Scientist of the Day - John Bell Hatcher
John Bell Hatcher, an American paleontologist, was born Oct. 11, 1861. In 1888, Hatcher found the first Triceratops skull in Wyoming (second image). He sent the horn core to Othniel Marsh at Yale, the dean of dinosaur exploration in the American west, who had earlier found two similar horn cores, without attached skulls, and thought they belonged to an extinct species of large bison. Hatcher's find changed things dramatically, for evidently he had discovered a new dinosaur. Within three years, Hatcher had found quite a number of Triceratops skulls and lots of associated bones and shipped them back to Marsh; who knows where he stored them, since each skull weighed several tons in its mineralized state.
Marsh denied Hatcher the right to name and describe his finds, reserving that for himself, and after a few years of this enforced servitude, Hatcher departed, first to Princeton, then to the Carnegie Museum in Pittsburgh, where he arrived just in time to describe another new dinosaur, Diplodocus carnegiei, in 1901 (which had been discovered by two junior staff members who also did not get to name or describe it). We displayed a drawing of the Diplodocus mount (third image) from Hatcher’s paper in our exhibition, Paper Dinosaurs.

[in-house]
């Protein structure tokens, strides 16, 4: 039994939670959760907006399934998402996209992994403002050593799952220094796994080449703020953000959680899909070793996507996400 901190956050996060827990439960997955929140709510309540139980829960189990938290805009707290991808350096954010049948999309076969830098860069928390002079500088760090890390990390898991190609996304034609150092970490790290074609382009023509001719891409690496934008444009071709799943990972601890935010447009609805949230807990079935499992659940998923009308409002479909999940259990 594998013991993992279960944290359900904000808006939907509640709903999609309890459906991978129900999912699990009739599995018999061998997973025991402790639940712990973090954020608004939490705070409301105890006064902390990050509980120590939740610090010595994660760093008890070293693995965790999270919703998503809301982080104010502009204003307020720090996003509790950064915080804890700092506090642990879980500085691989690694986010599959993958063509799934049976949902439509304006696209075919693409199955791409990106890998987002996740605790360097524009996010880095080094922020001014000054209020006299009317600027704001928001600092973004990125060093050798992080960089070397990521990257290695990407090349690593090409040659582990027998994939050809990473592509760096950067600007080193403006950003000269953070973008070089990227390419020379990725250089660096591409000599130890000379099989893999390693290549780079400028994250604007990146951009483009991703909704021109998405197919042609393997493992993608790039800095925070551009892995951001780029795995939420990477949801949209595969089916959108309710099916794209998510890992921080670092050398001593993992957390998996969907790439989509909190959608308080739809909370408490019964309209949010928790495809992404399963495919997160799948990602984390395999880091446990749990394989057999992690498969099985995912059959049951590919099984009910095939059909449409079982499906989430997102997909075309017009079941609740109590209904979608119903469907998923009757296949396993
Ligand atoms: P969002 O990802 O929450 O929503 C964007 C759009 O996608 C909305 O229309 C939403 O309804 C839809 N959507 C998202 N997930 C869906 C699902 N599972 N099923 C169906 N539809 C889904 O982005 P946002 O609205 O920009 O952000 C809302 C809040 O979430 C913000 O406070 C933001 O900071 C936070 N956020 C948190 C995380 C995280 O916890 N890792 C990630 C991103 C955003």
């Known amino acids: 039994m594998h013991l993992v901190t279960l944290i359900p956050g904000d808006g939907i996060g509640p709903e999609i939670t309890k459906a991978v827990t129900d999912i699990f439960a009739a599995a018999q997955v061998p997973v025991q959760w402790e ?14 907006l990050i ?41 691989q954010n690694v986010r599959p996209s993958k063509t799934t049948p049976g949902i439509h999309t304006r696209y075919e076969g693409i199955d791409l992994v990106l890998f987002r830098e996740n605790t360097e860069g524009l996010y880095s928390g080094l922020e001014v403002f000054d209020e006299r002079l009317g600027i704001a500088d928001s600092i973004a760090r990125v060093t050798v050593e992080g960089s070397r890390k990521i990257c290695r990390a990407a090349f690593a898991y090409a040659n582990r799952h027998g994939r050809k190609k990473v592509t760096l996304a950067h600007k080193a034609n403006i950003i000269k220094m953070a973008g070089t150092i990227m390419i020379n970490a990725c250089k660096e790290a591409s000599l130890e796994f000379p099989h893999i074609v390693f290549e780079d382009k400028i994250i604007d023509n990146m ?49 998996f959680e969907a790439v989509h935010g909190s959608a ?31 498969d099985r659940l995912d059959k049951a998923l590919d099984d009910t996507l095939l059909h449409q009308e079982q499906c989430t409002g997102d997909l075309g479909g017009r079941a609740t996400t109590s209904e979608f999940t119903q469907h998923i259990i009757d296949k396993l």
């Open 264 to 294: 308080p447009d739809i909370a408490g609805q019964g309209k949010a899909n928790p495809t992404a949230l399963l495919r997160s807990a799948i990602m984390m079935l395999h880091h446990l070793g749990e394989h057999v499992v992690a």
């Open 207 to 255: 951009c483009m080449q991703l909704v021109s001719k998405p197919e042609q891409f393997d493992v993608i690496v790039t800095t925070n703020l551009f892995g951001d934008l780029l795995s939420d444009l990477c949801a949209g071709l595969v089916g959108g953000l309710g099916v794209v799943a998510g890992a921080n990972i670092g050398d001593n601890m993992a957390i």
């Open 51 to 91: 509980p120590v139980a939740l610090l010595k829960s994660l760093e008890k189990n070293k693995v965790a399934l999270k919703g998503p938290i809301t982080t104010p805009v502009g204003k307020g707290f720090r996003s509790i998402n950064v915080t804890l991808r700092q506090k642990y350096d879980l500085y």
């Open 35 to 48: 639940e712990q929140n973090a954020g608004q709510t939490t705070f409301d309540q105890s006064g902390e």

Hatcher suddenly died of typhoid fever in 1904, only 42 years old. Marsh had died in 1899, and many of his specimens went to the U.S. National Museum, including the Triceratops material. In 1904, a skeleton of Triceratops was assembled from the various bones and a majestic skull that Hatcher had collected. The mount was named “Hatcher” in his honor, and it is still called Hatcher today. We see above photos taken in 1904 (first image) and quite recently in the National Museum of Natural History (fourth image). We have lots of photos of Hatcher the dinosaur; the last image above is one of the few photos we have of Hatcher the man.
Dr. William B. Ashworth, Jr., Consultant for the History of Science, Linda Hall Library and Associate Professor, Department of History, University of Missouri-Kansas City. Comments or corrections are welcome; please direct to email@example.com.